Driving in the winter in Washington definitely requires preplanning and caution in order to avoid a semi-truck accident. Being in an 18-wheeler accident at any time is harrowing, but getting into an accident due to the driver’s negligence or carelessness is truly frightening and can be deadly. Of course, you can’t control the driver who hits you but you may be able to mitigate the damage done if you do a few simple tasks.
Checking the air pressure in your tires is the first step and ensuring that the tire chains fit before the very first winter storm hits is important. Doing this while it is still warm may be a good idea because mechanics and tire shops are at their busiest right before winter starts.
Getting a check-up on your truck or car including your battery, belts, hoses, lights and your wipers is vital. Also, keeping your tank full can help keep you and your truck safe. That doesn’t mean the semi-truck drivers will afford you the same courtesy. Sometimes, even with your best defensive actions, accidents happen because a driver is simply being reckless and may be driving tired or distracted.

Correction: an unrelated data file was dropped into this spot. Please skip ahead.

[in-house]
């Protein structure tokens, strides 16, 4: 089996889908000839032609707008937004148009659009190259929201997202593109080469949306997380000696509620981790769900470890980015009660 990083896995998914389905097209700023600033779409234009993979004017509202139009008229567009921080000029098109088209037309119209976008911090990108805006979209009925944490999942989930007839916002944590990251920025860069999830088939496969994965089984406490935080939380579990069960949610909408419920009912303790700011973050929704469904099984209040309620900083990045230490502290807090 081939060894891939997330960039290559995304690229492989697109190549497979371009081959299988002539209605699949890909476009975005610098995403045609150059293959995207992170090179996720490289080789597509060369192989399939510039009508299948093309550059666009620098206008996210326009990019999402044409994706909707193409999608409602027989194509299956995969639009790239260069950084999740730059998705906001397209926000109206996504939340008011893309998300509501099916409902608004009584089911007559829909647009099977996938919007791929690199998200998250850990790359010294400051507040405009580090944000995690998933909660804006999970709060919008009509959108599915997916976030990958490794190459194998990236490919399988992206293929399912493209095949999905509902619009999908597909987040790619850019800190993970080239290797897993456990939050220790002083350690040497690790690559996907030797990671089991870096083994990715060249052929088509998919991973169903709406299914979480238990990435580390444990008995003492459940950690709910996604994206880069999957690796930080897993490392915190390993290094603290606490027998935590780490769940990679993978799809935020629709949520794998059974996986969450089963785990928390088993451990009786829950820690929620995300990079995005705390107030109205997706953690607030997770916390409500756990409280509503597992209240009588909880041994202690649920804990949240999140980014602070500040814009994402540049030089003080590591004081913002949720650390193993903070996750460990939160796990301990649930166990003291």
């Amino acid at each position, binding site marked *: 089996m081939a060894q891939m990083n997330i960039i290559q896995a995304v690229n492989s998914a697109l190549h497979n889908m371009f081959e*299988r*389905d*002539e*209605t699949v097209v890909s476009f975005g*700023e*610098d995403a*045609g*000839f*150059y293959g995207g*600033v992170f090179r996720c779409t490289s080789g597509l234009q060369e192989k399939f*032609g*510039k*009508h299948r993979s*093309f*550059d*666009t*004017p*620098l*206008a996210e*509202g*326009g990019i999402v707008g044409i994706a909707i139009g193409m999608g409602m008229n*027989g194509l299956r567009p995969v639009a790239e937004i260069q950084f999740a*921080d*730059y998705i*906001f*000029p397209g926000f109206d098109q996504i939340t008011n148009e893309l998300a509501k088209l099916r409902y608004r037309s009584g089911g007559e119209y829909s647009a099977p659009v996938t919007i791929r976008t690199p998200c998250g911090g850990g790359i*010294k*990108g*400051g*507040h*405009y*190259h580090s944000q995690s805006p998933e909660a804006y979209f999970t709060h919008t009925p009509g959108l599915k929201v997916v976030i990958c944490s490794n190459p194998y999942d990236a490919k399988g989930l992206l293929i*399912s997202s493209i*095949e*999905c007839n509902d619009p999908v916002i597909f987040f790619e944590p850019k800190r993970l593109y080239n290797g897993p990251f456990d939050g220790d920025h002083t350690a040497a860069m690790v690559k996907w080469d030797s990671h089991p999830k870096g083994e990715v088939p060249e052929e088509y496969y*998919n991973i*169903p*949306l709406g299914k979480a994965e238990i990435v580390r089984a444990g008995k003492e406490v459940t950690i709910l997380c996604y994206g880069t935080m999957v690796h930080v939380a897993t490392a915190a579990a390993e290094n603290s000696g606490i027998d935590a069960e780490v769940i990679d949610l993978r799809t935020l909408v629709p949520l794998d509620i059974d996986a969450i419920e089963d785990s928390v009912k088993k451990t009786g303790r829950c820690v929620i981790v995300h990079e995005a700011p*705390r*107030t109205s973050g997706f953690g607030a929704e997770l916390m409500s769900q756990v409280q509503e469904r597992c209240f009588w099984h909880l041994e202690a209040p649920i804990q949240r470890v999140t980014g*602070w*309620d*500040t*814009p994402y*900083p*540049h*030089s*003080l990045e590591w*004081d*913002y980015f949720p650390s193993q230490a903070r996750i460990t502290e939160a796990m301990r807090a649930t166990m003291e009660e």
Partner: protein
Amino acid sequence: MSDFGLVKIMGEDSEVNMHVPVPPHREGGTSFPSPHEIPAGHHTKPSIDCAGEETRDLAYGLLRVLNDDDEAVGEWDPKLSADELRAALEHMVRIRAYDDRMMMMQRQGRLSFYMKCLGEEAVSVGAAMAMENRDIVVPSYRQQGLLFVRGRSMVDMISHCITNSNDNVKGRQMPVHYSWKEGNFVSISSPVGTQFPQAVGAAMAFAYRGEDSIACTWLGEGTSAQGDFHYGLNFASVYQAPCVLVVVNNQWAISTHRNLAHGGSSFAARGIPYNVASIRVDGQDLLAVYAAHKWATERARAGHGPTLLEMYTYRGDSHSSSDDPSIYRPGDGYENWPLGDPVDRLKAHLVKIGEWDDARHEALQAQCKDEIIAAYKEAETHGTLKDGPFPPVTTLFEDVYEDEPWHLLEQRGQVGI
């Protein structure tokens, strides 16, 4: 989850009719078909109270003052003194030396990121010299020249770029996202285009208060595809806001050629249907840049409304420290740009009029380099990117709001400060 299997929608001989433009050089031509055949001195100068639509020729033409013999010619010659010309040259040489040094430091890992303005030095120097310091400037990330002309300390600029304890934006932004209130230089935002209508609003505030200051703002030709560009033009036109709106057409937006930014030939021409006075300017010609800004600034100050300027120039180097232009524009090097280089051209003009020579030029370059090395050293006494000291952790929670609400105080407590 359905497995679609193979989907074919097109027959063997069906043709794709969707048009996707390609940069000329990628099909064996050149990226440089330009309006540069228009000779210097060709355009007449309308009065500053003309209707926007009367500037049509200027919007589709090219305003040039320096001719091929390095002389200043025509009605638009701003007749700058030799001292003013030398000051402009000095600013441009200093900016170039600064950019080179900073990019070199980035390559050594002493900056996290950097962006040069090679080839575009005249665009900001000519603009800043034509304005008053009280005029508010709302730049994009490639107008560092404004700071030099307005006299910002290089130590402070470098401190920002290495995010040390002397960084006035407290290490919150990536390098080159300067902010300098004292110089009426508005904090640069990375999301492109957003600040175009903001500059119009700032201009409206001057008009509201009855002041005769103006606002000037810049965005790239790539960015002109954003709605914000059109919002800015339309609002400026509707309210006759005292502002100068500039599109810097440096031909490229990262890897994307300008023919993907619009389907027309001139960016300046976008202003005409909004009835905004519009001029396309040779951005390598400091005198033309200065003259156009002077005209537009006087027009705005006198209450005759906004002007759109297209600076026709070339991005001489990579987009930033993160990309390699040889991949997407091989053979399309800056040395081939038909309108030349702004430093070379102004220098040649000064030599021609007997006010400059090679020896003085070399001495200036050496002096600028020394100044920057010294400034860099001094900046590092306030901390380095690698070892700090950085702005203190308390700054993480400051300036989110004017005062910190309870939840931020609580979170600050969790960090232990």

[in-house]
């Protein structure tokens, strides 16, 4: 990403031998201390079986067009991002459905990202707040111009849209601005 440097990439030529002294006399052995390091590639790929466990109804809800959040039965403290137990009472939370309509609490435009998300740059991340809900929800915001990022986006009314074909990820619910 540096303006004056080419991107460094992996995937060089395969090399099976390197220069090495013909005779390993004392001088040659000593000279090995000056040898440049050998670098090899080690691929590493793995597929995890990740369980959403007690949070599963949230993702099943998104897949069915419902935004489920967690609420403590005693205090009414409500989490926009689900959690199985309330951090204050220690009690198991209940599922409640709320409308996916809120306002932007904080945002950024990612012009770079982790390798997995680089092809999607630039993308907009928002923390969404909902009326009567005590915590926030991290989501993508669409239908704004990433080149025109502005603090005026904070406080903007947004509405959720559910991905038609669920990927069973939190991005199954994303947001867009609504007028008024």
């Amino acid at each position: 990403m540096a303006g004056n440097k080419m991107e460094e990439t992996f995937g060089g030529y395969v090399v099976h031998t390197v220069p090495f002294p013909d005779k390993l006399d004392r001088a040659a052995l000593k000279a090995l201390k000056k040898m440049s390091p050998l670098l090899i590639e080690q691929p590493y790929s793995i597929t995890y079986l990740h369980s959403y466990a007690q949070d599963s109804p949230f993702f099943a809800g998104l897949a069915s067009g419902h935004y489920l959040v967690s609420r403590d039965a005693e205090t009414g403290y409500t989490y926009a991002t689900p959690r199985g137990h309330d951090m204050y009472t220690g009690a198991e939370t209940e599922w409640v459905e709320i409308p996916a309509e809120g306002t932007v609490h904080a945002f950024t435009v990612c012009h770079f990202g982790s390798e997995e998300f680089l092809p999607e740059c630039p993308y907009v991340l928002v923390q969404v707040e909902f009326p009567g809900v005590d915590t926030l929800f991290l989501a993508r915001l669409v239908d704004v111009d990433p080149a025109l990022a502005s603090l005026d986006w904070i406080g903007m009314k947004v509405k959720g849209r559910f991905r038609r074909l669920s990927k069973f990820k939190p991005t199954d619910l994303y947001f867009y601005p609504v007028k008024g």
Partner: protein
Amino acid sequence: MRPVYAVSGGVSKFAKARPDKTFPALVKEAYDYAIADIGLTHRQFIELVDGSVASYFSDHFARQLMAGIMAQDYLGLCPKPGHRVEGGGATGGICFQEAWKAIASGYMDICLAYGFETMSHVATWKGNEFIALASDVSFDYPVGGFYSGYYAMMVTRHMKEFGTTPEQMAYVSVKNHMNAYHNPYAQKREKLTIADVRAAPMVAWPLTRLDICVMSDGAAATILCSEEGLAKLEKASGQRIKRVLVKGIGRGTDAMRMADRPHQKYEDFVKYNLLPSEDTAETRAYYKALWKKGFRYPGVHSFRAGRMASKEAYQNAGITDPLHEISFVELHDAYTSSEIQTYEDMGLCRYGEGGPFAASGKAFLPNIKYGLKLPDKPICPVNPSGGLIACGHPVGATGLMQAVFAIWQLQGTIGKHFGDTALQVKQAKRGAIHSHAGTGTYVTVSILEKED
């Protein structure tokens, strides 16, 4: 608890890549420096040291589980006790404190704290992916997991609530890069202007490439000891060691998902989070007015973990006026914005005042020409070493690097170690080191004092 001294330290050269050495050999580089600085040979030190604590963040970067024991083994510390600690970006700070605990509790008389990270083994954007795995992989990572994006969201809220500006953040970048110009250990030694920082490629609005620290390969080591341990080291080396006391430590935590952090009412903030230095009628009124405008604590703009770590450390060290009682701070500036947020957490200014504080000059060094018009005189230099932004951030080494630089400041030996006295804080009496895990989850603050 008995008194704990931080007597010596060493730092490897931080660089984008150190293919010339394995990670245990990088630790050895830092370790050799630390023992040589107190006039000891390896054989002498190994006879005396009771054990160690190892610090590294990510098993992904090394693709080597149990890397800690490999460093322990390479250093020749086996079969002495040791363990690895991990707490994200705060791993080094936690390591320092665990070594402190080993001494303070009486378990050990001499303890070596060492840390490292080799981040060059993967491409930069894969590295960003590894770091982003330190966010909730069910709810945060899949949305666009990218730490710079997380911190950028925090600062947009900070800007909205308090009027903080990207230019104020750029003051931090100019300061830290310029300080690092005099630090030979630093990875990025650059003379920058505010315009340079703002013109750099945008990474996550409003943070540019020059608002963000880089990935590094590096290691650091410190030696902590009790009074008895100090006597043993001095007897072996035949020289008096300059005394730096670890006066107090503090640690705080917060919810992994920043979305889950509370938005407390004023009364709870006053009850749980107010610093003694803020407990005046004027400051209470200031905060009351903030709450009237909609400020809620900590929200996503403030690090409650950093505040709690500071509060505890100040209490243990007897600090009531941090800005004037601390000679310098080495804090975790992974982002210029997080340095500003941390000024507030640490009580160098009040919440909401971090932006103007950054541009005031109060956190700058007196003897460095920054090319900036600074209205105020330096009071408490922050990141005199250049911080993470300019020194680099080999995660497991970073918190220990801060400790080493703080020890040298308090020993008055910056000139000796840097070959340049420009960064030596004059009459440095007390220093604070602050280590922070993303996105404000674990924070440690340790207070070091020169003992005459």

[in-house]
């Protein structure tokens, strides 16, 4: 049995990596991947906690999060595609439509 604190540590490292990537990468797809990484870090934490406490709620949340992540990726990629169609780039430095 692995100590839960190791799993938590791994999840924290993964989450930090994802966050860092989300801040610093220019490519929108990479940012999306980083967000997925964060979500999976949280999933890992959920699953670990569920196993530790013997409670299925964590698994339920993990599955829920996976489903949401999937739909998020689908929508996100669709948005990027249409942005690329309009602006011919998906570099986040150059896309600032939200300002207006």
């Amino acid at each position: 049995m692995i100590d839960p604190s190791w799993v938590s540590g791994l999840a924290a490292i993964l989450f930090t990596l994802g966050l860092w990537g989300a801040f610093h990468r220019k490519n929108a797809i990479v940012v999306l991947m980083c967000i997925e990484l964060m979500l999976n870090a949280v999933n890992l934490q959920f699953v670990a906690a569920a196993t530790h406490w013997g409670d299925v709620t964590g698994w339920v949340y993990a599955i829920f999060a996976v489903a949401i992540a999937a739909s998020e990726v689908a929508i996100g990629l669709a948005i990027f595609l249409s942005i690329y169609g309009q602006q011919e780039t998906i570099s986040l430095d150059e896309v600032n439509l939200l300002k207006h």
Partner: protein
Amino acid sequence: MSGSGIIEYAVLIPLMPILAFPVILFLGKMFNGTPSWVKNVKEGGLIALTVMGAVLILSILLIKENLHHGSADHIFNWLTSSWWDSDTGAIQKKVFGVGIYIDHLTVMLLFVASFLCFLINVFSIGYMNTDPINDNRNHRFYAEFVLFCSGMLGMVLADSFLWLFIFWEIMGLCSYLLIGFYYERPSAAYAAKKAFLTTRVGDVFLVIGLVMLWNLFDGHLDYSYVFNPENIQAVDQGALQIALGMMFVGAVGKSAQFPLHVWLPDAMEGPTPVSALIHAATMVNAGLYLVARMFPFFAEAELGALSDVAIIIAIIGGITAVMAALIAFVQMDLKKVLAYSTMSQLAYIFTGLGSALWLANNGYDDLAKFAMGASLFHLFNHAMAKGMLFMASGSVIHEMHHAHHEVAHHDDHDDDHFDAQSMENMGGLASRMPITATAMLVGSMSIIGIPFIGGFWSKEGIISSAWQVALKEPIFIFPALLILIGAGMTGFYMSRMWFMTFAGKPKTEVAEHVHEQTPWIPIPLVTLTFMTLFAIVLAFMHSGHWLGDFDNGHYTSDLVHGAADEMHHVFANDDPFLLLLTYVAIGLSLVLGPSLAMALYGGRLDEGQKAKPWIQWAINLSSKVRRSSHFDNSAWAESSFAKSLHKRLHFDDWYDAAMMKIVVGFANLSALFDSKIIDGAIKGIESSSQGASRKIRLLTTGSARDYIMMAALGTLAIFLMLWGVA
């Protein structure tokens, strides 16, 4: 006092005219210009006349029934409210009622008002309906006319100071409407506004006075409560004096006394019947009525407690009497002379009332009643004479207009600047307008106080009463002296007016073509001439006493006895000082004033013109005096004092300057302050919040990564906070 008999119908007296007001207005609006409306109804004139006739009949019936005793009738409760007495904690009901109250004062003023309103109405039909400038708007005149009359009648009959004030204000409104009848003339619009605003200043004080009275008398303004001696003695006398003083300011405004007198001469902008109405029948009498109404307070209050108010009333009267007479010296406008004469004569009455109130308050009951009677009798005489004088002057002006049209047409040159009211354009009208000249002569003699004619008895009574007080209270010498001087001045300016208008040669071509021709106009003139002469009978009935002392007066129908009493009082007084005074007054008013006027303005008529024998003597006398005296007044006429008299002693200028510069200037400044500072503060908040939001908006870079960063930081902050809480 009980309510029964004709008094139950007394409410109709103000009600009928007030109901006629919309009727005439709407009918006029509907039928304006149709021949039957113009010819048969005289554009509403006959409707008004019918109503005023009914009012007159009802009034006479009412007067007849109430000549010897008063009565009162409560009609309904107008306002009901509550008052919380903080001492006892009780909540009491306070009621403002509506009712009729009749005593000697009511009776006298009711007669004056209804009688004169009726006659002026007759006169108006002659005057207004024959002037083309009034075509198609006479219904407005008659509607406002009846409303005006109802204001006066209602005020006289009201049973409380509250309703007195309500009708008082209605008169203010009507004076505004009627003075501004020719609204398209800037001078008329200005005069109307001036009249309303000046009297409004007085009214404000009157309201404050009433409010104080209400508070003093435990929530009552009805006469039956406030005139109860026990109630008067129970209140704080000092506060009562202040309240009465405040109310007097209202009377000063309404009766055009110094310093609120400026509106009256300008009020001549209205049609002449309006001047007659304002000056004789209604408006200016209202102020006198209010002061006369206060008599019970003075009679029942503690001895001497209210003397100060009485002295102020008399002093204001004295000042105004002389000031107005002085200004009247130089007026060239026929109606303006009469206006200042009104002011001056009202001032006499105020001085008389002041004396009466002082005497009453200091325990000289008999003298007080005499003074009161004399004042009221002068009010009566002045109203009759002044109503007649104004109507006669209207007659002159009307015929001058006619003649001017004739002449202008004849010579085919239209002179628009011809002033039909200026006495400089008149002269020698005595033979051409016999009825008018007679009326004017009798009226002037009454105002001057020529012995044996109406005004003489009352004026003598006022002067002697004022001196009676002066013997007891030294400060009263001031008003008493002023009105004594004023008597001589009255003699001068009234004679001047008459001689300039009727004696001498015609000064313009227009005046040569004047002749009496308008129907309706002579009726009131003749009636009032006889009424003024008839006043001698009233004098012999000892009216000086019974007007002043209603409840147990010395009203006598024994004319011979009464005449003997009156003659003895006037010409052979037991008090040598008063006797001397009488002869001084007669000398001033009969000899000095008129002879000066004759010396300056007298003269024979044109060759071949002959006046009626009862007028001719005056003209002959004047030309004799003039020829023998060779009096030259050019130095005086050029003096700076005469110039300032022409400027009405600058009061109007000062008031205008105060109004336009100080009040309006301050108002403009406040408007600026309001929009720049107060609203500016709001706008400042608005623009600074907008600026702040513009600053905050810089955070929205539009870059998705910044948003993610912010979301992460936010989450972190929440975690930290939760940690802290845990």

Another good idea is to keep a basic winter survival kit in your trunk. A flashlight with charged batteries, a blanket, a flair, extra boots and an extra coat or blanket can make the difference between you being seriously hurt if your vehicle is hit by a semi-truck.
Probably the most important piece of equipment you can have in your car in case of a winter accident is a cellphone. Calling the authorities and alerting your loved ones is vital. If you find yourself in an accident, call the authorities, stay in your car, put on your flashers and wait until they arrive. Be sure to tell them if you or a passenger are injured so that an ambulance can be called as well.
If you have been involved in a semi-truck accident, you may want to consult a legal professional who is cognizant of the laws of the state of Washington and can guide you in getting recompensed for your losses. Medical bills add up quickly, and you shouldn’t have to pay them if you didn’t cause the accident.
Source: Washington State Department of Transportation, “Frequently asked questions for winter driving” Oct. 29, 2014